Saudi Arabia 9/11 Lawsuit Filed After Congressional Veto Override
The family of someone who died during the 9/11 terrorist attacks filed a lawsuit against Saudi Arabia last week, coming only days after Congress overrode a presidential veto, allowing U.S. citizens to sue the country directly over its alleged involvement.
A large number of similar Saudi Arabia 9/11 lawsuits are likely to be filed in the coming weeks and month, on behalf of individuals who were injured during th terrorist attacks, as well as first responders and business owners impacted by the catastrophe.
The cases against the foreign government are now permitted under a new law, the Justice Against Sponsors of Terrorism Act, which was designed to open the door for litigation against foreign state governments due to an international act of terrorism, or a “tortious act or acts of the foreign state, or of any official, employee, or agent of that foreign state while acting within the scope of his or her office, employment or agency, regardless where the tortious act or acts of the foreign state occurred.”
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President Barack Obama originally vetoed the law, warning that it would open the door for similar litigation against the United States abroad, and put the country’s interests and personnel at risk. However, only weeks after the 15th anniversary of the 9-11 attacks, the U.S. Senate and House of Representatives overwhelmingly voted to override the veto, allowing the bill to become law.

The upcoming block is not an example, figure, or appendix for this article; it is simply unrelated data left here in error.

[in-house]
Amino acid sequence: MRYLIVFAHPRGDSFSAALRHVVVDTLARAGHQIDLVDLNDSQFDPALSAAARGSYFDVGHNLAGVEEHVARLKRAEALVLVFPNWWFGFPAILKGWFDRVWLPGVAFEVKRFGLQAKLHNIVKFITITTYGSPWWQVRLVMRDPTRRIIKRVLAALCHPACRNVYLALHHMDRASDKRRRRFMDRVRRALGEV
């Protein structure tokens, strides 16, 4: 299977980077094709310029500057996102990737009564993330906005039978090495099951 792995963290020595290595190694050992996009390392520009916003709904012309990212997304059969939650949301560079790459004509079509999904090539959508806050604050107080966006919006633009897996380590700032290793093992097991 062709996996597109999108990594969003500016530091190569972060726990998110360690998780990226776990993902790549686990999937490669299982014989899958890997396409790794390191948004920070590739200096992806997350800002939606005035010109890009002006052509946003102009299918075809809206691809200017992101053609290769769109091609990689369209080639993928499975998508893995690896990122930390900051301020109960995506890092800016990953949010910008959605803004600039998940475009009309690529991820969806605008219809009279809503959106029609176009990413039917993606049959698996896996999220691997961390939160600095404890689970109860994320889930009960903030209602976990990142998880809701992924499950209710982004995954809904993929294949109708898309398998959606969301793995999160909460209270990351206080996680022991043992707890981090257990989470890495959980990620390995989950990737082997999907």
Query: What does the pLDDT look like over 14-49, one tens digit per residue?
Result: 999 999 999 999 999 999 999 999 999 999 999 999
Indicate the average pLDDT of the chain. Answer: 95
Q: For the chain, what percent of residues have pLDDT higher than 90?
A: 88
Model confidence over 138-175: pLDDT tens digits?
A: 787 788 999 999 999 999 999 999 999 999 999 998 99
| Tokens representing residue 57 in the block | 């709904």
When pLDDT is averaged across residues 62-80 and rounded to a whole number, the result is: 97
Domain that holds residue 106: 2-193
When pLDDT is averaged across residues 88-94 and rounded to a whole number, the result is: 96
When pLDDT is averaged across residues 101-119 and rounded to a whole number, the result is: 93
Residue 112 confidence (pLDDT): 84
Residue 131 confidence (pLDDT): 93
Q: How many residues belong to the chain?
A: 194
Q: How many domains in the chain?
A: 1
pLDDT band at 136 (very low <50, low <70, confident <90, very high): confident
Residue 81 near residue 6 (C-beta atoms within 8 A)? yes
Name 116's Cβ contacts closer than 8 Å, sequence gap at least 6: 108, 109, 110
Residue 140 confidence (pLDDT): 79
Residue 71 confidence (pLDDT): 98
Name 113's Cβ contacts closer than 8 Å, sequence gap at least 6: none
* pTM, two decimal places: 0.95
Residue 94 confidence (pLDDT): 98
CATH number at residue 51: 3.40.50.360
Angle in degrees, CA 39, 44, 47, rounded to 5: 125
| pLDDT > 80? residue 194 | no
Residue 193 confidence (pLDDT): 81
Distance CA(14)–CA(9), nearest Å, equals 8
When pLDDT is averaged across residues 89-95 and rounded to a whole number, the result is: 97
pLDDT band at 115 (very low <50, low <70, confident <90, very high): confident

A complaint (PDF) filed by Stephanie DeSimone in the U.S. District Court for the District of Columbia on September 30 is believed to be the first Saudi Arabia lawsuit brought in the wake of the new law.
DeSimone’s husband, Patrick Dunn, was a commander in the U.S. Navy and died during the attack on the Pentagon on September 11, 2001. She was two months pregnant at the time, and their daughter, Alexandra DeSimone, a minor, is also listed as a plaintiff.
The lawsuit alleges that the terrorist organization Al Qaeda was only able to successfully conduct the attack because of support from the Kingdom of Saudi Arabia.
“Al Qaeda’s ability to conduct large-scale terrorist attacks was the direct result of the support Al Qaeda received from its material sponsors and supporters, including the Kingdom of Saudi Arabia,” the lawsuit states. “The Kingdom willingly provided material support to Al Qaeda for more than a decade leading up to September 11, 2001 with knowledge of Al Qaeda’s intent to conduct terrorist attacks against the United States, and an awareness that Al Qaeda would use the support provided by the Kingdom to achieve that objective.”
DeSimone alleges that Al Qaeda’s existence and ability to function depended primarily on money and other material support it received from Saudi Arabia, as well as charities and other organizations acting as agents of the kingdom.
The lawsuit details numerous funding streams and agents who were allegedly connected both to the Saudi government and Al Qaeda, saying that the country not only helped fund the terrorist group, but provided safe refuge for its agents, helped spread its ideology, and advocated for attacks on the West.
Of the 19 hijackers linked to the terrorist attacks in Arlington, Virginia, New York City and Pennsylvania, 15 were Saudi citizens. Formerly classified Congressional reports, released earlier this year, also linked some hijackers directly to individuals suspected of being Saudi intelligence agents.
The revelation sparked a push for the new legislation, and attorneys expect this to the be first of many Saudi Arabia lawsuits filed by families of 9/11 victims, first responders and business owners impacted by the attacks
Saudi officials, President Obama, and some others have said that the new law will erode sovereign immunity and have unforeseen consequences. A number of Senators who voted for the law are now saying they are reconsidering, and may seek to rewrite portions of the legislation.
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